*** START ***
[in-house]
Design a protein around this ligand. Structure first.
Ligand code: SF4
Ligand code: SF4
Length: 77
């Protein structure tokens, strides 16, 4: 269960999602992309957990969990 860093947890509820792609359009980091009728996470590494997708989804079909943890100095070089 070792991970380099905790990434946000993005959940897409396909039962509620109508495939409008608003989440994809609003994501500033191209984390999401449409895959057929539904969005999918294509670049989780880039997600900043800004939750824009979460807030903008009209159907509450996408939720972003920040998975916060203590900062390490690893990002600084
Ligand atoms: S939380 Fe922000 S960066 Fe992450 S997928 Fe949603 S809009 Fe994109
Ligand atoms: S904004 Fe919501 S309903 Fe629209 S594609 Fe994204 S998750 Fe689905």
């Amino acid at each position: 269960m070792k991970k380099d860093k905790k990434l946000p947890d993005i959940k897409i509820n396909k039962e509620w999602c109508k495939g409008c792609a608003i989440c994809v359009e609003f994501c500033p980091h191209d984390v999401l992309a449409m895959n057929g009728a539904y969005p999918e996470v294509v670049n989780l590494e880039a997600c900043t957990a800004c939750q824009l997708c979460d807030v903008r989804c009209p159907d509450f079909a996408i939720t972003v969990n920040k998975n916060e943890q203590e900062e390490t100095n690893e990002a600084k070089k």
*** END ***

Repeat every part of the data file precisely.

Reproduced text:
[in-house]
Design a protein around this ligand. Structure first.
Ligand code: SF4
Ligand code: SF4
Length: 77
């Protein structure tokens, strides 16, 4: 269960999602992309957990969990 860093947890509820792609359009980091009728996470590494997708989804079909943890100095070089 070792991970380099905790990434946000993005959940897409396909039962509620109508495939409008608003989440994809609003994501500033191209984390999401449409895959057929539904969005999918294509670049989780880039997600900043800004939750824009979460807030903008009209159907509450996408939720972003920040998975916060203590900062390490690893990002600084
Ligand atoms: S939380 Fe922000 S960066 Fe992450 S997928 Fe949603 S809009 Fe994109
Ligand atoms: S904004 Fe919501 S309903 Fe629209 S594609 Fe994204 S998750 Fe689905």
């Amino acid at each position: 269960m070792k991970k380099d860093k905790k990434l946000p947890d993005i959940k897409i509820n396909k039962e509620w999602c109508k495939g409008c792609a608003i989440c994809v359009e609003f994501c500033p980091h191209d984390v999401l992309a449409m895959n057929g009728a539904y969005p999918e996470v294509v670049n989780l590494e880039a997600c900043t957990a800004c939750q824009l997708c979460d807030v903008r989804c009209p159907d509450f079909a996408i939720t972003v969990n920040k998975n916060e943890q203590e900062e390490t100095n690893e990002a600084k070089k």